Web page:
196 relations: A Farewell to Arms, Albatross Books, Alfred, Lord Tennyson, Allen Lane, André Maurois, André Michel, Anthony Blunt, Army Bureau of Current Affairs, Arthur Ransome, Arts Council of Great Britain, Australia, £sd, Barbara Euphan Todd, Battle of France, Belles-lettres, Bertelsmann, Betty Radice, Bleed (printing), Book, Cambridge University Press, Canada, Cartouche (design), Censorship, Central School of Art and Design, Centre for Contemporary Cultural Studies, City of Westminster, Collaborative fiction, Compton Mackenzie, Country Life (magazine), Crypt, Culture of the United Kingdom, Cyril Connolly, D. H. Lawrence, David Irving, David Talbot Rice, Deborah Lipstadt, Demand, Dorothy L. Sayers, E. P. Dutton, E. V. Rieu, Edgar Ansel Mowrer, Edward Preston Young, Edward Young, Eleanor Graham, Ellis Waterhouse, England, Eric Gill, Eric Linklater, Eric Maclagan, Ernest Hemingway, ..., Esparto, Essay, Eunice Frost, Everyman's Library, Fatwa, Feodor Stepanovich Rojankovsky, Fighting Fantasy, Financial Times, Formalism (art), Gamebook, Geneviève Tabouis, Georg Dehio, George Bernard Shaw, Germano Facetti, Gill Sans, Great Books of the 20th Century, Hamish Hamilton, Harmondsworth, Hegemony or Survival, Holocaust denial, Holy Trinity Church, Marylebone, Homer, Horizon (magazine), Hot metal typesetting, Ian Ballantine, Imprint (trade name), India, Irving v Penguin Books Ltd, Jan Tschichold, Jaroslav Hašek, John Betjeman, John Gould, John Lehmann, John Ramsbottom (mycologist), John Summerson, Kaye Webb, Kurt Enoch, Lady Chatterley's Lover, Lawrence Durrell, Left Book Club, Leonard Woolley, Letterpress printing, Leverhulme Trust, List of early Puffin Story Books, List of Penguin Classics, Literary magazine, Logo, London, Mary Louisa Molesworth, Mary Webb, Michael Joseph (publisher), Ministry of Supply, Monograph, Monopoly, Munich Agreement, New American Library, New Writing, Nikolaus Pevsner, Noam Chomsky, Noel Carrington, Norman Nicholson, Obscenity, Odyssey, Offset printing, Oxford University Press, Pan Books, Paperback, Pearson plc, Pelican Books, Penguin 60s, Penguin Books Ltd. v. India Book Distributors and Others, Penguin Celebrations, Penguin Classics, Penguin Collectors Society, Penguin Composition Rules, Penguin Essentials, Penguin Group, Penguin Modern Poets, Penguin poetry anthologies, Penguin Random House, Penguin Red Classics, Peter Chalmers Mitchell, Peter Lasko, Peter Mayer, Pevsner Architectural Guides, Phototypesetting, Phyllis Barclay-Smith, Pierre-Joseph Redouté, Poet's Pub, Politics of Canada, Prisoner of war, Private Libraries Association, Publication right, Publishing, Puffin Books, Pulp (paper), R v Penguin Books Ltd, Random House, Republic of Ireland, Richard Hoggart, Roald Dahl, Robert Baldick, Robert Gibbings, Romek Marber, Routledge, Rudolf Wittkower, Ruhollah Khomeini, Salman Rushdie, Saul Bellow, Shell Guides, Shiela Grant Duff, Siné, Sixpence (British coin), Smoky the Cowhorse, South Africa, Spycatcher, Stuart Hall (cultural theorist), Suhrkamp Verlag, Supply (economics), Susan Ertz, Tauchnitz publishers, Tavistock Institute, The Bodley Head, The Burlington Magazine, The Daily Telegraph, The Intelligent Woman's Guide to Socialism and Capitalism, The Satanic Verses, The Unpleasantness at the Bellona Club, Tony Godwin, Typeface, United Kingdom, United States, Ursula K. Le Guin, V. K. Krishna Menon, Victor Gollancz Ltd, Vigo Street, Viking Press, War Office, Wiki, Wilfrid Jasper Walter Blunt, William Emrys Williams, Willie Gallacher (politician), Woolworths Group, World War II, Worzel Gummidge, Yale University Press. Expand index (146 more) » « Shrink index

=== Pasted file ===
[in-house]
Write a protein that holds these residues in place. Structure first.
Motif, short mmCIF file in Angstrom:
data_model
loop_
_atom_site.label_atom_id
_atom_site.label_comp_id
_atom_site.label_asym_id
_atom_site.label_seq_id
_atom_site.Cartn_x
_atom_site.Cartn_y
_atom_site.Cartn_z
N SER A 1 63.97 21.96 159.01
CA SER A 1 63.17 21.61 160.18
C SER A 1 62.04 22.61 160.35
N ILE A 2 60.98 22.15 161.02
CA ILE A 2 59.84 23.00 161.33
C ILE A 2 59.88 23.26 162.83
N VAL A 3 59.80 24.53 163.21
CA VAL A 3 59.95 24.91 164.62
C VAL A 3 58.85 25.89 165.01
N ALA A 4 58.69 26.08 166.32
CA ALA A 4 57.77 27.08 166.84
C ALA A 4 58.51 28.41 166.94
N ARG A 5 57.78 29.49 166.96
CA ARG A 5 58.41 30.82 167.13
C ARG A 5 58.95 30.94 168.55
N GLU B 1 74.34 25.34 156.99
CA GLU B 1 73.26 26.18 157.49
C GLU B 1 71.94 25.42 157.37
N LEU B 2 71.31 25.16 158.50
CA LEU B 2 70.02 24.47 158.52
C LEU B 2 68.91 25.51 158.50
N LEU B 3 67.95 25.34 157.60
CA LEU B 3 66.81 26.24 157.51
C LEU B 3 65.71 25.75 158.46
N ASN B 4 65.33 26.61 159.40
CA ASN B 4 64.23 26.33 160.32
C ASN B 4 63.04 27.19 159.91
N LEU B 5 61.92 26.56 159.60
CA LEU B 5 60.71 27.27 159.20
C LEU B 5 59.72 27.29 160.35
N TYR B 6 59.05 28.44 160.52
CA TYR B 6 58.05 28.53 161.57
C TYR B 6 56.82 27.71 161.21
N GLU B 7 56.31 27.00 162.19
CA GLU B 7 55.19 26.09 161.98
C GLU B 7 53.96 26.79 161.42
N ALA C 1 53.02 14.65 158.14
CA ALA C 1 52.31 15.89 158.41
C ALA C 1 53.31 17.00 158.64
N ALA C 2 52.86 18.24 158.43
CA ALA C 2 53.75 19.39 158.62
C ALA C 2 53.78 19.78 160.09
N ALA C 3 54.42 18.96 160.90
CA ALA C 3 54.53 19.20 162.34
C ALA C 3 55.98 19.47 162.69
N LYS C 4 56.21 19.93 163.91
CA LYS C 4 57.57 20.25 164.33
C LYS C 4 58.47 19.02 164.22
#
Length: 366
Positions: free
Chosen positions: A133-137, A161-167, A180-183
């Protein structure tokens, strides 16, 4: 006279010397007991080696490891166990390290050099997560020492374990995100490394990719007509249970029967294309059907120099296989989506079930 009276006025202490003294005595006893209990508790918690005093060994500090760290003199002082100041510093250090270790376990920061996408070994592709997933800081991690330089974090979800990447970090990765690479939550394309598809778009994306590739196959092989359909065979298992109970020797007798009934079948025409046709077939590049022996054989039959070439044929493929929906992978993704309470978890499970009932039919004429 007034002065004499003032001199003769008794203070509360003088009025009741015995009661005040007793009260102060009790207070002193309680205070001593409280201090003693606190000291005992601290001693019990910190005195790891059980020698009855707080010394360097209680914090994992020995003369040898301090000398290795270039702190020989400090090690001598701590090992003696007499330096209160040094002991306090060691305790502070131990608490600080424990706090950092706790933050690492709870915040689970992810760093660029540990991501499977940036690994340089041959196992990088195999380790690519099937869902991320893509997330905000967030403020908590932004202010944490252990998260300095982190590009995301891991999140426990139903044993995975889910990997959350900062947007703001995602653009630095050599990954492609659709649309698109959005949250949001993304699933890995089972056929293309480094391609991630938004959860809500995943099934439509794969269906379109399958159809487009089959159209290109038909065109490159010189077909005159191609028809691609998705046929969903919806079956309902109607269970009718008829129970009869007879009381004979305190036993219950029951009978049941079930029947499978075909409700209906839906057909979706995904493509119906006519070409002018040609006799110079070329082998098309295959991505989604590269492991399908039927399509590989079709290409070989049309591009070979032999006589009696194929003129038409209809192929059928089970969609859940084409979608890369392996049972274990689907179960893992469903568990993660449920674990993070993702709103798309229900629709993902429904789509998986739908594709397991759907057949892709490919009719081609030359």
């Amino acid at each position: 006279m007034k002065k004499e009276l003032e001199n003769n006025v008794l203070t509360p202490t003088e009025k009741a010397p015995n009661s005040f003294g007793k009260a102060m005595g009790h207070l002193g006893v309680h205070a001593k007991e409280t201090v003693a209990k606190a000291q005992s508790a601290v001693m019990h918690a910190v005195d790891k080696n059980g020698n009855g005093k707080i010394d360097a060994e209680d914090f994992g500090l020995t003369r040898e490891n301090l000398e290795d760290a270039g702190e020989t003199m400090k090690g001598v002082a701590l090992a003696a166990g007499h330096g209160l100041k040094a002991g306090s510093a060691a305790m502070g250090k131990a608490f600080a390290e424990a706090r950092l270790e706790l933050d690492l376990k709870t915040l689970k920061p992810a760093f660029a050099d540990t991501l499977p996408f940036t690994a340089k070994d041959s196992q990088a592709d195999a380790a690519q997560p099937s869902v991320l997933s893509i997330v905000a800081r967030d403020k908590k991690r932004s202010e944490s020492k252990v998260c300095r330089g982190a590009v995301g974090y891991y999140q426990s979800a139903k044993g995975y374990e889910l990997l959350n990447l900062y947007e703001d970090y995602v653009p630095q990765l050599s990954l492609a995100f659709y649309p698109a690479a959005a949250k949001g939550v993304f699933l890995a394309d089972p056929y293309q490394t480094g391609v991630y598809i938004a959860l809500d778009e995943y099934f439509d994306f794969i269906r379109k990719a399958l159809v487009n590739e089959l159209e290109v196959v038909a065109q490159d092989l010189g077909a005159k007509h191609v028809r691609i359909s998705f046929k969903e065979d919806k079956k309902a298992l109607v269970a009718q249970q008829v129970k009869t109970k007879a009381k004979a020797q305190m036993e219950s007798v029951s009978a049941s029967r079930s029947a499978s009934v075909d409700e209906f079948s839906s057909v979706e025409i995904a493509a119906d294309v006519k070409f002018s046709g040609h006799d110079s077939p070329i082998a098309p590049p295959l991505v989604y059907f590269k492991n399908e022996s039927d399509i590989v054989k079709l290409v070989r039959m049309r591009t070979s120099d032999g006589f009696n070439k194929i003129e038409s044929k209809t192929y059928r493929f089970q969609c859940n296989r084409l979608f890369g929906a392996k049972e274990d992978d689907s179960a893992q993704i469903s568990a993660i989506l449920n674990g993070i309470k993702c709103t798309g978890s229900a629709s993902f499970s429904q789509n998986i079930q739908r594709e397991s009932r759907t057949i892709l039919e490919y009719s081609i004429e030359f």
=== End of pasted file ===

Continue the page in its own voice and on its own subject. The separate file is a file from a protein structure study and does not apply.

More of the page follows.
A Farewell to Arms is a novel by Ernest Hemingway set during the Italian campaign of World War I. First published in 1929, it is a first-person account of an American, Frederic Henry, serving as a lieutenant ("tenente") in the ambulance corps of the Italian Army.
Albatross Books was a German publishing house based in Hamburg that produced the first modern mass-market paperback books.
Alfred Tennyson, 1st Baron Tennyson (6 August 1809 – 6 October 1892) was Poet Laureate of Great Britain and Ireland during much of Queen Victoria's reign and remains one of the most popular British poets.
Sir Allen Lane (born Allen Lane Williams; 21 September 1902 – 7 July 1970) was a British publisher who together with his brothers Richard and John Lane founded Penguin Books in 1935, bringing high-quality paperback fiction and non-fiction to the mass market.
André Maurois (born Émile Salomon Wilhelm Herzog; 26 July 1885 – 9 October 1967) was a French author.
André Michel (20 February 1910 – 5 June 1989) was a French film director and screenwriter.
Anthony Frederick Blunt (26 September 1907 – 26 March 1983), known as Sir Anthony Blunt, KCVO, from 1956 to 1979, was a leading British art historian who in 1964, after being offered immunity from prosecution, confessed to having been a Soviet spy.
The Army Bureau of Current Affairs, or ABCA, was an organisation set up by William Emrys Williams to educate and raise morale amongst British servicemen and servicewomen during World War II.
Arthur Michell Ransome (18 January 1884 – 3 June 1967) was an English author and journalist.
The Arts Council of Great Britain was a non-departmental public body dedicated to the promotion of the fine arts in Great Britain.
Australia, officially the Commonwealth of Australia, is a sovereign country comprising the mainland of the Australian continent, the island of Tasmania and numerous smaller islands.